blogging by Andrew Wickliffe

Girl on a Chain Gang (1966, Jerry Gross)

The actual chain gang sequence of Girl on a Chain Gang is in the third act. There are no actual chain gang sequences; all of that action happens off-screen, almost as though producer, screenwriter, and director Gross couldn’t afford enough chain to make it happen. But getting there is quite the ordeal for characters and audience alike.

Chain Gang tells the tale of three Northern college folks, one white man, one Black man, and one white woman, who’ve traveled to the South to help get people registered to vote. Unfortunately, they draw the attention of a couple drunken sheriff’s deputies who’re thrilled to harass some Yankees. The film doesn’t identify the location of the film’s action outside the fictional town (it was filmed on Long Island). Still, with the constant gator references and the sheriff being terrified of the state police finding out he’s running illegal work farms, regularly raping women, and murdering men… it seems like Florida.

Julie Ange plays the woman who the sheriff (William Watson) and his deputies accuse of being a prostitute so they can arrest her and her friends without much incident. Ron Charles and Peter Nevard play the deputies. The film introduces them getting drunk with a local sex worker, Arlene Farber, who’s all right because she helps sheriff Watson frame folks. Chain Gang’s never subtle, but the closest would be its characterization of Watson’s religiosity. He’s a Bible-thumping, drunken murderer and rapist; the film only ever quietly acknowledges the ostensible hypocrisy (but he is, actually, just reading his Bible), like Gross knows he can’t be too nasty about the Christianity.

In the first act of the film seems like Ange and her friends will be the leads. Ron Segal plays the white guy, the most accomplished in the group (he’s going to Yale); he’s also the one who talks back to Watson and his goons, though it’s never clear if he makes those initial situations worse. The actor who plays the Black guy is uncredited, and his name seems entirely lost to history. Considering he’s the third lead for most of the movie—despite Ange being the Girl in the title, she disappears for most of the second act—one might assume the actor didn’t want his name associated with the film.

The protagonist for most of the film is the sheriff, who’s cobbling together a way to frame the trio and contending with his drunken moron staff and yokels to get the job done. There’s no one sympathetic in the small town outside Phillip Vanyon’s doctor, and he’s only sympathetic to a certain point. Gross is relentless in showcasing Watson’s villainy, with Watson perfectly marrying the mundane and obscene. Chain Gang’s got mostly bad performances and paper-thin writing, but it’s also entirely realistic. Gross unintentionally makes his exploitation picture documentary-esque just because the bad guys are so human and so conventional.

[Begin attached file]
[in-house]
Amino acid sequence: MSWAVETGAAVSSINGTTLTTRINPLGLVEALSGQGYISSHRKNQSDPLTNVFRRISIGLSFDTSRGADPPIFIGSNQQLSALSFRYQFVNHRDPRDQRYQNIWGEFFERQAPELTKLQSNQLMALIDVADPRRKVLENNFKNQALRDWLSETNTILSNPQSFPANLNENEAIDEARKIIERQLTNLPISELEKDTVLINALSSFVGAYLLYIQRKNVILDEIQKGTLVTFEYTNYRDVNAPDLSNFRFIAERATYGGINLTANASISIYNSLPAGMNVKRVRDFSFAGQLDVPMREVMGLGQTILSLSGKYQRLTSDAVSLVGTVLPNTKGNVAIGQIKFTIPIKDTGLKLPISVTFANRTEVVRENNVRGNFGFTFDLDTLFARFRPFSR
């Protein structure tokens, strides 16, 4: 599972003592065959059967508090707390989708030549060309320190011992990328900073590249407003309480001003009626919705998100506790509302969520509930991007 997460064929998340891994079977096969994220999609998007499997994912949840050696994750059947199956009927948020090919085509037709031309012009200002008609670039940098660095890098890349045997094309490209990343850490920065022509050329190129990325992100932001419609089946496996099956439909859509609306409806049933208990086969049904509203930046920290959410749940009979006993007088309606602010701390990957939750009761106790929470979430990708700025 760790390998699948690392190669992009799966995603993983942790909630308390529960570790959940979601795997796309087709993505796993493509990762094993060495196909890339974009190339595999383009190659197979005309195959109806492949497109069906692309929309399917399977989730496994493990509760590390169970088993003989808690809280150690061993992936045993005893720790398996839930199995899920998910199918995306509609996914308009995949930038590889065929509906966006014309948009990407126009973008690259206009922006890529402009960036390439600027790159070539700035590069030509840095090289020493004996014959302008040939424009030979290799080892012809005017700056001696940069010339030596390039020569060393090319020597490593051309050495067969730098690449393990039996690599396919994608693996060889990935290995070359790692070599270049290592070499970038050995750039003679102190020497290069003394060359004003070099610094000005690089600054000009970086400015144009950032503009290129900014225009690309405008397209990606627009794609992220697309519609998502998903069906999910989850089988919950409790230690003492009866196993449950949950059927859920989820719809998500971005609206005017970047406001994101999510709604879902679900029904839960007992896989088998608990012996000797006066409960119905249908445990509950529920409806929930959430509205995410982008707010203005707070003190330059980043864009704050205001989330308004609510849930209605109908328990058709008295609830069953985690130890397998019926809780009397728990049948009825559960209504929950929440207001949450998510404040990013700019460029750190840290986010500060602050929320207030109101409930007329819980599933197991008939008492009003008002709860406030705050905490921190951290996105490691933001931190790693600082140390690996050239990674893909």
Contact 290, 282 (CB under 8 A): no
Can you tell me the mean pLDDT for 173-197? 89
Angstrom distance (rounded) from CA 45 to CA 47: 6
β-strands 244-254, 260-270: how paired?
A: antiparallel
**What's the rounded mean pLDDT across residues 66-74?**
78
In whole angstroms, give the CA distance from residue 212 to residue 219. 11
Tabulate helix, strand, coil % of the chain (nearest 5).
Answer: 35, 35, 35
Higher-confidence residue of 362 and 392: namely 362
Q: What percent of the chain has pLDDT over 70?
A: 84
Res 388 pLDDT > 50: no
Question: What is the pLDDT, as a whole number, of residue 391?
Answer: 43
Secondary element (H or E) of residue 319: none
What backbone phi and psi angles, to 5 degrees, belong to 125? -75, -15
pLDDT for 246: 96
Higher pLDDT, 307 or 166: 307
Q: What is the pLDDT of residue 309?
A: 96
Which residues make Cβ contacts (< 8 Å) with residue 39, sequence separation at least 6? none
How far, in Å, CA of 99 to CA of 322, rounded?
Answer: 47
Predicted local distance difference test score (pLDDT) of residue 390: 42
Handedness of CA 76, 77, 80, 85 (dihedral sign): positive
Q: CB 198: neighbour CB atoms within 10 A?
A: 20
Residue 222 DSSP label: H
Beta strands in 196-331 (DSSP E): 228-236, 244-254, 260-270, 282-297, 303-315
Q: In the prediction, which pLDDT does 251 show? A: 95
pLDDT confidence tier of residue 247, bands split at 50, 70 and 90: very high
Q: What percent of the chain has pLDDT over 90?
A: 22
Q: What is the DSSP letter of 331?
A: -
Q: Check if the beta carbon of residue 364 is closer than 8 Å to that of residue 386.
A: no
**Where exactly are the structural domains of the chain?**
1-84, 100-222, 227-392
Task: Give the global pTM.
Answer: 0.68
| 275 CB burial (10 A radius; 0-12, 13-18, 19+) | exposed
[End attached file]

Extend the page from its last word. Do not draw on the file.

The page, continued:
Watson’s captivating. He’s always revolting, always horrifying, always transfixing. He disappears at the end of the second act, after the film following him for probably an hour. Chain Gang runs a very long ninety-six minutes. The first hour zooms along, but it conks out as it moves through the second act. It’s already been puttering when Watson vanishes.

Ange’s sympathetic but not good. She suffers misogyny not just from the bad guys, but even the not bad guys, even her friends. Well, Segal. Segal being a selfish asshole is another one of Chain Gang’s seemingly unintentional truths. He’s also bad, acting-wise. The uncredited Black actor doesn’t do well in his big scene, but it’s terrible, so it’s hard to hold it against him. He otherwise is fine. Or at least, in the better lot of the film’s performances.

The film’s reasonably good looking for its low budget. The photography declines in the third act, but so does the direction.

There’s also a strange, upbeat jazzy score by Steve Karmen, which works in the film’s favor most of the time.

Outside the terrifyingly good performance by Watson, Girl on a Chain Gang has the most to offer as a historical object. It could be worse, it probably couldn’t be better, but it definitely could be shorter. Shorter would help.

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